Finally we got to the promised land of a decent road, and well rewarded, our loyal and energetic helpers departed. You know the story by now, the good road lasted ~ 5 km, then deteriorated. We found ourselves driving in the dark on a very bad road, something we said we would never do. T4A does not cover DRC, so we are reliant on the Garmap map set (of which we have two). Garmap does not provide accurate routes and at one stage one GPS said go left and the other go right!! We went straight ahead. We drove on in the dark until we actually reached the N1 tar road. We managed to find a relatively decent hotel in Inkisi.
It is quite different driving thorough the villages here. Very few folks return our waves (unlike Angola where almost everyone returns a wave and the big ivory’s flash). The feeling is more intimidating, children seem to gather and frantically chant things, at one bog site a woman came along and demanded in an aggressive voice “give me money”. Not very helpful.
This was a particularly tough day. Well done to all.118 km. S 050 08’ 02.1’’ E 0150 03’ 40.0’’
Day 2: unfortunately, we are now in the habit of waking early, so could not enjoy the sleep in we had been looking forward to! We bought some bananas and bread at the local market and set off on the tar road for Kinshasa. Unfortunately, it seems that we have knocked a weight off one of the tyres and there is a bad wobble at ~ 60km/hr. But that was fine, we travelled slowly to town.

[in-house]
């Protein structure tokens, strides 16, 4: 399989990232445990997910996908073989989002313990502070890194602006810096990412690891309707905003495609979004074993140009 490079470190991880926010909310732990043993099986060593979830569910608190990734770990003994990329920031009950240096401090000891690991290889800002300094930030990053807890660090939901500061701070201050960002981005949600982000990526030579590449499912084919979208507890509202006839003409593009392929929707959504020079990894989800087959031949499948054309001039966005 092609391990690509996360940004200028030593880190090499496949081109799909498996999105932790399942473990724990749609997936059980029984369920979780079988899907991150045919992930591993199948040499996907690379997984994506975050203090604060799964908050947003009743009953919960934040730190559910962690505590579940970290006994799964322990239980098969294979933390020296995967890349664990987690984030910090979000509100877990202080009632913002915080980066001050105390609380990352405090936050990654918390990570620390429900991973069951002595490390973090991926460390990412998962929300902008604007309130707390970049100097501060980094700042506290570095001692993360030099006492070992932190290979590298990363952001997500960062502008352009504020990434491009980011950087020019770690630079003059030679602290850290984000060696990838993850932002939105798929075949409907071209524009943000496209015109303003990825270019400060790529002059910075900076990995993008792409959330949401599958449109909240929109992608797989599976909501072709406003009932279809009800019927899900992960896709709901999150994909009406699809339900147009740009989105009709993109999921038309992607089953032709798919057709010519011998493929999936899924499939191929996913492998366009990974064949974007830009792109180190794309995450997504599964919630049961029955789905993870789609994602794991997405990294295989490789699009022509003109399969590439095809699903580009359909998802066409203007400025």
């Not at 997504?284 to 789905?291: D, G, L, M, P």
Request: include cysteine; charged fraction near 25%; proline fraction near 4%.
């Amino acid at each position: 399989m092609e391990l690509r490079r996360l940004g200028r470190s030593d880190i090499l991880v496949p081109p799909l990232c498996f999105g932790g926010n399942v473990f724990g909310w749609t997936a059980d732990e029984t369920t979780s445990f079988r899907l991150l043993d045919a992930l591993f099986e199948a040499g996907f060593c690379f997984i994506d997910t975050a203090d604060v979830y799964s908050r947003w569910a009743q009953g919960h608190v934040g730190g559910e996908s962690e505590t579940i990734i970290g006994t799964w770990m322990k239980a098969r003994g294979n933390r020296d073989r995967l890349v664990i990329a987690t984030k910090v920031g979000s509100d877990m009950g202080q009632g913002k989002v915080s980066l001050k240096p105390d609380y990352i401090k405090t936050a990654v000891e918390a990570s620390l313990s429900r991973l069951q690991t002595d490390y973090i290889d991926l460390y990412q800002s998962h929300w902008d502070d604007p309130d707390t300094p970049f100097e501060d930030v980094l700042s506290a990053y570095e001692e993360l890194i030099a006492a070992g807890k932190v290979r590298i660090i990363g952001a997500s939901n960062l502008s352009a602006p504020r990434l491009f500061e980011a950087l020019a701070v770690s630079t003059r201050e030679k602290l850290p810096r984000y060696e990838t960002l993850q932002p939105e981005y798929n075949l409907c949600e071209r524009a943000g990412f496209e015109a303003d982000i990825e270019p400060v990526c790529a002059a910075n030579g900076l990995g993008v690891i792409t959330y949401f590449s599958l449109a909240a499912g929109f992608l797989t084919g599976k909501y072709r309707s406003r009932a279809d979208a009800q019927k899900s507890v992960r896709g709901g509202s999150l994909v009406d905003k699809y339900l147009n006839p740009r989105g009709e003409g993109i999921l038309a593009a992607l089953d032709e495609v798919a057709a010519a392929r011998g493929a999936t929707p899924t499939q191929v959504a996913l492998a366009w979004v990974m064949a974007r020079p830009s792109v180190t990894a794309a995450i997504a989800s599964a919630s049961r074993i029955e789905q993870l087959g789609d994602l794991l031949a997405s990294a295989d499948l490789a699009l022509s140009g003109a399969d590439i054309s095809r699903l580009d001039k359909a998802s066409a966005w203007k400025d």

T4A and Garmap disagreed on the route, so we too the garmap this time. This took us through a large number of local markets and because the volume of people and because the mini bus taxi’s stop in the middle of the road to drop off and pick up passengers, we took a long time to get to our destination. But, that was OK, it was an interesting sight. A bit dirtier than the Vic market, but about the same sort of thing.
At one point we were diverted off the main road, this is really where the GPS (and Ray would like to add for the sceptics, having multiple units!!) comes into its own.
We had the GPS points for a Catholic mission and a Protestant mission. We tried to find the Catholic, but to no avail. Then we tried the protestant, a policeman directed us to a mission station – not the one we has a waypoint for, but satisfactory anyway.We have set up the vehicle and have the key to private absolutions. Not too bad.
Ray drove: 118 km. S 040 18’ 13.1’’ E 0150 17’ 57.4’’